Buying property with others: A guide to success.
When people buy property together, they have a number of options when it comes to registering the title. They can put the title in both people's names, or they can have only one person's name on the title. There are pros and cons to both arrangements, and the best option for you will depend on your individual circumstances.
One option is to register the title as a joint tenancy. This means that both people own the property equally, and if one person dies, their share automatically passes to the other person. This is the most common arrangement for couples who buy a property together.
Tenancy in Common
Another option is to register the title as a tenancy in common. This means that each person owns a specific share of the property, and that share does not have to be equal. For example, one person could own 60% of the property and the other person could own 40%. Shares in a tenancy in common can be transferred to someone else, and when one person dies, their share passes to their heirs.
There are some important legal implications to consider when choosing between a joint tenancy and a tenancy in common. For example, if you are a joint tenant and you fall behind on your mortgage payments, the lender can force the sale of the property to recover their money. However, if you are a tenant in common, the lender can only force the sale of your share of the property.
There are also some tax implications to consider when buying property with others. For example, if you sell a property that is not your main residence, you will have to pay capital gains tax on the profit. However, the amount of capital gains tax you pay will depend on how the property is registered. If the property is registered as a joint tenancy, you will have to pay capital gains tax on your entire share of the profit, even if the other person has not contributed to the purchase price. However, if the property is registered as a tenancy in common, you will only have to pay capital gains tax on your own share of the profit.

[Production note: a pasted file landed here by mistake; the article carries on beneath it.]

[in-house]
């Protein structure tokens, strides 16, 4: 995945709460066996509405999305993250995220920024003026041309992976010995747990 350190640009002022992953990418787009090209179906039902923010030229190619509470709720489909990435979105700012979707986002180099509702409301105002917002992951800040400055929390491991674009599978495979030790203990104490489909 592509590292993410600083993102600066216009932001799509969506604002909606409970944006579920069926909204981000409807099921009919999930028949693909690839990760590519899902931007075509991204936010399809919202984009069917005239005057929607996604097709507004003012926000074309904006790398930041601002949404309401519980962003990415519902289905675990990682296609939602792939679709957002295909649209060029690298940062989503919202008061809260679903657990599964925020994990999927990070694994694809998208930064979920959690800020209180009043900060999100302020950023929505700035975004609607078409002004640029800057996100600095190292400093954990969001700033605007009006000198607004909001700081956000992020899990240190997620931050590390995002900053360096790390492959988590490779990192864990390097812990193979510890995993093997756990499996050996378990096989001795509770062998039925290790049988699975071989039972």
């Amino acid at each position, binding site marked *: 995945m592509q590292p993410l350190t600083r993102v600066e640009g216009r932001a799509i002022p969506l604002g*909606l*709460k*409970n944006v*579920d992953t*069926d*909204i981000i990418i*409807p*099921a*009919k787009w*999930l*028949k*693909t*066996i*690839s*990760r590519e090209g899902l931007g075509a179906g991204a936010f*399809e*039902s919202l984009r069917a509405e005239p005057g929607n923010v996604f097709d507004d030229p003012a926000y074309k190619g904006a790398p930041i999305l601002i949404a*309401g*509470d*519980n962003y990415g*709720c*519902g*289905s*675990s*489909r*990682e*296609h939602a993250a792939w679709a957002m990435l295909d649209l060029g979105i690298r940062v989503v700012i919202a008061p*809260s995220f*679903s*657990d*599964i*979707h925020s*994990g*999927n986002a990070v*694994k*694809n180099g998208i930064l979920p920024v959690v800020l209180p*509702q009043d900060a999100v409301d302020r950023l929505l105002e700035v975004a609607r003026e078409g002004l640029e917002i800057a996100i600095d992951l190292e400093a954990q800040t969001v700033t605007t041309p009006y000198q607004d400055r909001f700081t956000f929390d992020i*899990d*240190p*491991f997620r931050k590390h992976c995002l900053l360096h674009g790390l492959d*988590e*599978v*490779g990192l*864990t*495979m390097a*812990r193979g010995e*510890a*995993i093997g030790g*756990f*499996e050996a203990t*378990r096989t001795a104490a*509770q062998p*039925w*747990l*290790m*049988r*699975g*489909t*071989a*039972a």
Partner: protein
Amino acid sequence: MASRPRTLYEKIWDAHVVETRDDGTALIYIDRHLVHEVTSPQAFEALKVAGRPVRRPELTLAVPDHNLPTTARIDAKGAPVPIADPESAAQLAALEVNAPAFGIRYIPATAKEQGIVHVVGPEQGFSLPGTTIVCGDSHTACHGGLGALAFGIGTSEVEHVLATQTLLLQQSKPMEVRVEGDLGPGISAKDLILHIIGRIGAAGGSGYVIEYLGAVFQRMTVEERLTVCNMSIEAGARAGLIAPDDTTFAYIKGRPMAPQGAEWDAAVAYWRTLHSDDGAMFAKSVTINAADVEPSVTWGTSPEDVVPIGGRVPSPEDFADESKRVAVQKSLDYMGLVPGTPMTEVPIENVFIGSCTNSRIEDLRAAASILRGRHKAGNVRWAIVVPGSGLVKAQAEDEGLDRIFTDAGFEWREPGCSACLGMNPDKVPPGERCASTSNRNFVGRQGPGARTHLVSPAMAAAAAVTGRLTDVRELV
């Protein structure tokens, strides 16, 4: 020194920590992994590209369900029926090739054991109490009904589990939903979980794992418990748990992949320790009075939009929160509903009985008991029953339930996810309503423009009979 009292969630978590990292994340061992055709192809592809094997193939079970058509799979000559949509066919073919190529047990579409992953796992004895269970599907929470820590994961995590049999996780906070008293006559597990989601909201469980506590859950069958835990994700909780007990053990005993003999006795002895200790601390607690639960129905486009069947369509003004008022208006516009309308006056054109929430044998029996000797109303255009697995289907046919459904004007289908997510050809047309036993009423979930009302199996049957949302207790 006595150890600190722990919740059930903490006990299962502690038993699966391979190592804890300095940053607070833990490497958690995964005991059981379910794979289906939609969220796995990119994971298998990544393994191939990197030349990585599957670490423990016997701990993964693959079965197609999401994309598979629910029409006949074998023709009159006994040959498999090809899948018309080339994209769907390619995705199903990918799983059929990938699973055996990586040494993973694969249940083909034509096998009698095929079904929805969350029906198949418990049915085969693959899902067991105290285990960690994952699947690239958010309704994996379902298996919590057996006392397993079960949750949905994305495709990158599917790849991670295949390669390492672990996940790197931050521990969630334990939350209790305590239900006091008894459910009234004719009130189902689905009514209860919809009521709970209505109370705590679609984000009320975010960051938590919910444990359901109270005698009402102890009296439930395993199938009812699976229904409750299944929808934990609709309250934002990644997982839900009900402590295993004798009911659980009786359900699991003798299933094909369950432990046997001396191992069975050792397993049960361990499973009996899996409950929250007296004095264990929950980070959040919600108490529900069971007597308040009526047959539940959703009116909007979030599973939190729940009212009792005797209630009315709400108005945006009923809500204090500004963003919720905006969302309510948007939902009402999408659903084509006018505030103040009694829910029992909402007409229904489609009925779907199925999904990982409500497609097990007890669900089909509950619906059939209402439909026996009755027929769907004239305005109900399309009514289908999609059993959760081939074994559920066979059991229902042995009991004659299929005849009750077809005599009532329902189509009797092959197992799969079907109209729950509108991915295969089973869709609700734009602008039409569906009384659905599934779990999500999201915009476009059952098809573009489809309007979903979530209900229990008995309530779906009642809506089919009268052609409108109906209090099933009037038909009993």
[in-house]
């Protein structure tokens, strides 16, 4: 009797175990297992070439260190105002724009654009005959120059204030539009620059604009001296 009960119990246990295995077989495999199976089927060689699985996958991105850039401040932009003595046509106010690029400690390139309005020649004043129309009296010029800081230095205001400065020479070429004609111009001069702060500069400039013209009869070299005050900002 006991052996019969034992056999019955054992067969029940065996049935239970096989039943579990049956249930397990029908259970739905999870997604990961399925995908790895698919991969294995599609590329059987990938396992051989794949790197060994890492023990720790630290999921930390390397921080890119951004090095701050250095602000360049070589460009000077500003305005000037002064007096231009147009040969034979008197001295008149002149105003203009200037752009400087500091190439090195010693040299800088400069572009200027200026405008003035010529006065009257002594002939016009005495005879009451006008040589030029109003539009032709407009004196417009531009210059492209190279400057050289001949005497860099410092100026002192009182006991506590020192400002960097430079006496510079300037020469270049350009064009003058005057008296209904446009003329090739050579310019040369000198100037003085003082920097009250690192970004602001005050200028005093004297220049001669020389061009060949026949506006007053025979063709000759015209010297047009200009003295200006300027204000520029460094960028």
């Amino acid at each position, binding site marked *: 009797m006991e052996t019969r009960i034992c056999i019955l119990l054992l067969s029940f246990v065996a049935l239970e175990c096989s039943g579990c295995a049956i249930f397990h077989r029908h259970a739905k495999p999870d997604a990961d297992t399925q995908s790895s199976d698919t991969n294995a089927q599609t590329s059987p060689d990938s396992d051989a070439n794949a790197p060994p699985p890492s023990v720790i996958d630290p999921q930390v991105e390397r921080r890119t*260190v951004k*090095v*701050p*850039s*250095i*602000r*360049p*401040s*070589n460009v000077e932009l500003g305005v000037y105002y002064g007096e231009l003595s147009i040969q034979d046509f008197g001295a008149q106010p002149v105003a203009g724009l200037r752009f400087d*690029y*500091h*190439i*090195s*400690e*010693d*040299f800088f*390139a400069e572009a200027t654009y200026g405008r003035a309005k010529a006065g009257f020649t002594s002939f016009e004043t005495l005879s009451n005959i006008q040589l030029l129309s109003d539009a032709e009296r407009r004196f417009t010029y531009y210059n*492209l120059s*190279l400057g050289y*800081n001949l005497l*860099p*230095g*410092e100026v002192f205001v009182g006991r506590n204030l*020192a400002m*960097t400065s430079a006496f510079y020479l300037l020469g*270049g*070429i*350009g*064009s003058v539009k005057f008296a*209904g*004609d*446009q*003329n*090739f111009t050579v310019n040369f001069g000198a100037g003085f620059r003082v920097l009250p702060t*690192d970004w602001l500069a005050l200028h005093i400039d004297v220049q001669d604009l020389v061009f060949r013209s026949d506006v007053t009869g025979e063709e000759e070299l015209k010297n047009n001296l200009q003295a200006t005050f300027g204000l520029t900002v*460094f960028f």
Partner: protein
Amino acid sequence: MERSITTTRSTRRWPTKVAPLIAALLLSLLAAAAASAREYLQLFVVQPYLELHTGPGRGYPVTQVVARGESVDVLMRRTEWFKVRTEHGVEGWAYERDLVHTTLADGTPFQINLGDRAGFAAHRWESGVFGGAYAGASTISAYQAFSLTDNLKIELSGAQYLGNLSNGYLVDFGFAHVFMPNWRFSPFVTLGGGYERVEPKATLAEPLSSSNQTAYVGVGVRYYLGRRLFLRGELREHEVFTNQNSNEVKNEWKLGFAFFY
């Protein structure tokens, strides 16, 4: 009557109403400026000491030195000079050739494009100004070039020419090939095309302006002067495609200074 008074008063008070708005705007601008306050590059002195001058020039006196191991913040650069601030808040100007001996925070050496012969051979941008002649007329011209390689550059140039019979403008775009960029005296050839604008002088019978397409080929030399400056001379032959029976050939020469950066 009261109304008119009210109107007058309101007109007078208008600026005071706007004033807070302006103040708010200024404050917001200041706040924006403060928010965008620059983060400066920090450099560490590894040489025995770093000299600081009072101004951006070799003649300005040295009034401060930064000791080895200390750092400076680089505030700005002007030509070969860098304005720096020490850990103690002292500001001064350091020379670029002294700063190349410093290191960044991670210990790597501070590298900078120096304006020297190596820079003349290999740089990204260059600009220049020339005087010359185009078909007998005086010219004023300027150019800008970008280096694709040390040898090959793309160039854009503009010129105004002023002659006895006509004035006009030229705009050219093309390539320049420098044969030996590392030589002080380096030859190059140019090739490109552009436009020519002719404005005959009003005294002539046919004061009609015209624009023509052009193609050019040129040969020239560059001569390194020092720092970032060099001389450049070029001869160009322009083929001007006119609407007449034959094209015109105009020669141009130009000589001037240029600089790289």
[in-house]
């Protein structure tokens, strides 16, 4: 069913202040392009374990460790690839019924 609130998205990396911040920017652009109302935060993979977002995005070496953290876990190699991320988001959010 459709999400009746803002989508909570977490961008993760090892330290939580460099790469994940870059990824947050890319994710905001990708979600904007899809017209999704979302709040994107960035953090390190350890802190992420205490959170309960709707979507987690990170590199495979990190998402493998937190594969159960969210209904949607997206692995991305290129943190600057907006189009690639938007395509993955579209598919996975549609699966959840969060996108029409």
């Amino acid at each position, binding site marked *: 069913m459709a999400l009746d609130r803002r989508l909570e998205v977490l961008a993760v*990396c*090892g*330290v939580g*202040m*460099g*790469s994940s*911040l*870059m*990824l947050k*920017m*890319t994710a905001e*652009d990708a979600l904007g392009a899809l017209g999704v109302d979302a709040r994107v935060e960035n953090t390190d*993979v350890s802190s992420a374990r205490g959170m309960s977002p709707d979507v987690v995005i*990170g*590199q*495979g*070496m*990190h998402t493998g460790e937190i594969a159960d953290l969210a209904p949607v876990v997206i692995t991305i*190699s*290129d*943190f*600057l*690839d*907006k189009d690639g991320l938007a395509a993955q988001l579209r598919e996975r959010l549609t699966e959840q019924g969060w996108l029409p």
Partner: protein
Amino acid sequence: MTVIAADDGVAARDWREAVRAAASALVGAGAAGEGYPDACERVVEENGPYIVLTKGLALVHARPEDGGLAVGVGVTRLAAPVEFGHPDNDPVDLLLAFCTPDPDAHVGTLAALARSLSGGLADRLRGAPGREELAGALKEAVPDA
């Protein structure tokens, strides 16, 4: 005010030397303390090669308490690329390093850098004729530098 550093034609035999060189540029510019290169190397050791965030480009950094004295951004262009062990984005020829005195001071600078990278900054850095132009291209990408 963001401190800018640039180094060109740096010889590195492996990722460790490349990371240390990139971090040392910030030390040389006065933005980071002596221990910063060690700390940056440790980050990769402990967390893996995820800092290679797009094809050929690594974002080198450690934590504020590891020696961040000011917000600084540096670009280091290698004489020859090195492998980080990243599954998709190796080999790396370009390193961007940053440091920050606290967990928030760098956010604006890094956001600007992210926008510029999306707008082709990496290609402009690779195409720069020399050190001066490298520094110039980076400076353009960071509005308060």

There are a number of factors to consider when buying property with others. The best option for you will depend on your individual circumstances and your goals for the property. It is important to speak to a lawyer and a financial advisor to get advice on the best way to register the title and the tax implications of your purchase.
Here are some additional tips for buying property with others:
Get everything in writing. This includes the purchase agreement, the terms of the tenancy, and any other relevant documentation.
Make sure everyone is on the same page about their financial obligations.
Have a plan for what will happen if one of the owners wants to sell the property.
Be prepared to compromise. Buying property with others is a partnership, and you will need to be willing to work together to make sure the arrangement is successful.
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